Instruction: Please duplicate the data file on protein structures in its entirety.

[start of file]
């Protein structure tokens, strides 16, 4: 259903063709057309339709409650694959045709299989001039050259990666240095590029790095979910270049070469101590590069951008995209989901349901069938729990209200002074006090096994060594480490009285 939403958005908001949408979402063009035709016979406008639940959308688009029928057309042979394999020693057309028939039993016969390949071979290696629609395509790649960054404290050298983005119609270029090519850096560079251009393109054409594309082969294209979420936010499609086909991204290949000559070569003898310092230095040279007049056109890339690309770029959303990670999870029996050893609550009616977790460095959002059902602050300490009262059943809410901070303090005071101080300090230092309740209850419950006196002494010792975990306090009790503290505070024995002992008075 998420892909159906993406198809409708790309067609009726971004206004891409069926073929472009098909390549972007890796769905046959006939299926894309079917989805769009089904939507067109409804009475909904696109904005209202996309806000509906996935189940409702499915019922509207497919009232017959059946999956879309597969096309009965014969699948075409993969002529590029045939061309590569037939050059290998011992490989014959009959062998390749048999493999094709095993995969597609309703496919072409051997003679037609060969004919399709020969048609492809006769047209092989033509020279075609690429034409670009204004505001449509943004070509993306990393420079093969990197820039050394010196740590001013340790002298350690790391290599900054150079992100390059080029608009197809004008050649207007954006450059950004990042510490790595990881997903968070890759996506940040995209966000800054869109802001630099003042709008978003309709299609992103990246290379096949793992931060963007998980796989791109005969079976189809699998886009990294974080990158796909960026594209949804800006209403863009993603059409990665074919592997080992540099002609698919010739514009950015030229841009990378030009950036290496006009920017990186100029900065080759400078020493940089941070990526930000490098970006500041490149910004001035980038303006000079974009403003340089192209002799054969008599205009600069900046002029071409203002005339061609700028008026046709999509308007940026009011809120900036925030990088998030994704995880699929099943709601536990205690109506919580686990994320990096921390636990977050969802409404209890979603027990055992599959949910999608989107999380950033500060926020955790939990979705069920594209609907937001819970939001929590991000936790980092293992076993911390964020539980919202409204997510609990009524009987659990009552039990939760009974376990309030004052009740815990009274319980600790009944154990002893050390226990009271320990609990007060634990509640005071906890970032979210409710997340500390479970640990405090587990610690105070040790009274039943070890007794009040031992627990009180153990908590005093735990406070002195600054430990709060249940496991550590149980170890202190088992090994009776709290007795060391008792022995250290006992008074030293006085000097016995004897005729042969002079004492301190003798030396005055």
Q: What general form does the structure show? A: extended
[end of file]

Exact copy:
């Protein structure tokens, strides 16, 4: 259903063709057309339709409650694959045709299989001039050259990666240095590029790095979910270049070469101590590069951008995209989901349901069938729990209200002074006090096994060594480490009285 939403958005908001949408979402063009035709016979406008639940959308688009029928057309042979394999020693057309028939039993016969390949071979290696629609395509790649960054404290050298983005119609270029090519850096560079251009393109054409594309082969294209979420936010499609086909991204290949000559070569003898310092230095040279007049056109890339690309770029959303990670999870029996050893609550009616977790460095959002059902602050300490009262059943809410901070303090005071101080300090230092309740209850419950006196002494010792975990306090009790503290505070024995002992008075 998420892909159906993406198809409708790309067609009726971004206004891409069926073929472009098909390549972007890796769905046959006939299926894309079917989805769009089904939507067109409804009475909904696109904005209202996309806000509906996935189940409702499915019922509207497919009232017959059946999956879309597969096309009965014969699948075409993969002529590029045939061309590569037939050059290998011992490989014959009959062998390749048999493999094709095993995969597609309703496919072409051997003679037609060969004919399709020969048609492809006769047209092989033509020279075609690429034409670009204004505001449509943004070509993306990393420079093969990197820039050394010196740590001013340790002298350690790391290599900054150079992100390059080029608009197809004008050649207007954006450059950004990042510490790595990881997903968070890759996506940040995209966000800054869109802001630099003042709008978003309709299609992103990246290379096949793992931060963007998980796989791109005969079976189809699998886009990294974080990158796909960026594209949804800006209403863009993603059409990665074919592997080992540099002609698919010739514009950015030229841009990378030009950036290496006009920017990186100029900065080759400078020493940089941070990526930000490098970006500041490149910004001035980038303006000079974009403003340089192209002799054969008599205009600069900046002029071409203002005339061609700028008026046709999509308007940026009011809120900036925030990088998030994704995880699929099943709601536990205690109506919580686990994320990096921390636990977050969802409404209890979603027990055992599959949910999608989107999380950033500060926020955790939990979705069920594209609907937001819970939001929590991000936790980092293992076993911390964020539980919202409204997510609990009524009987659990009552039990939760009974376990309030004052009740815990009274319980600790009944154990002893050390226990009271320990609990007060634990509640005071906890970032979210409710997340500390479970640990405090587990610690105070040790009274039943070890007794009040031992627990009180153990908590005093735990406070002195600054430990709060249940496991550590149980170890202190088992090994009776709290007795060391008792022995250290006992008074030293006085000097016995004897005729042969002079004492301190003798030396005055």
Q: What general form does the structure show? A: extended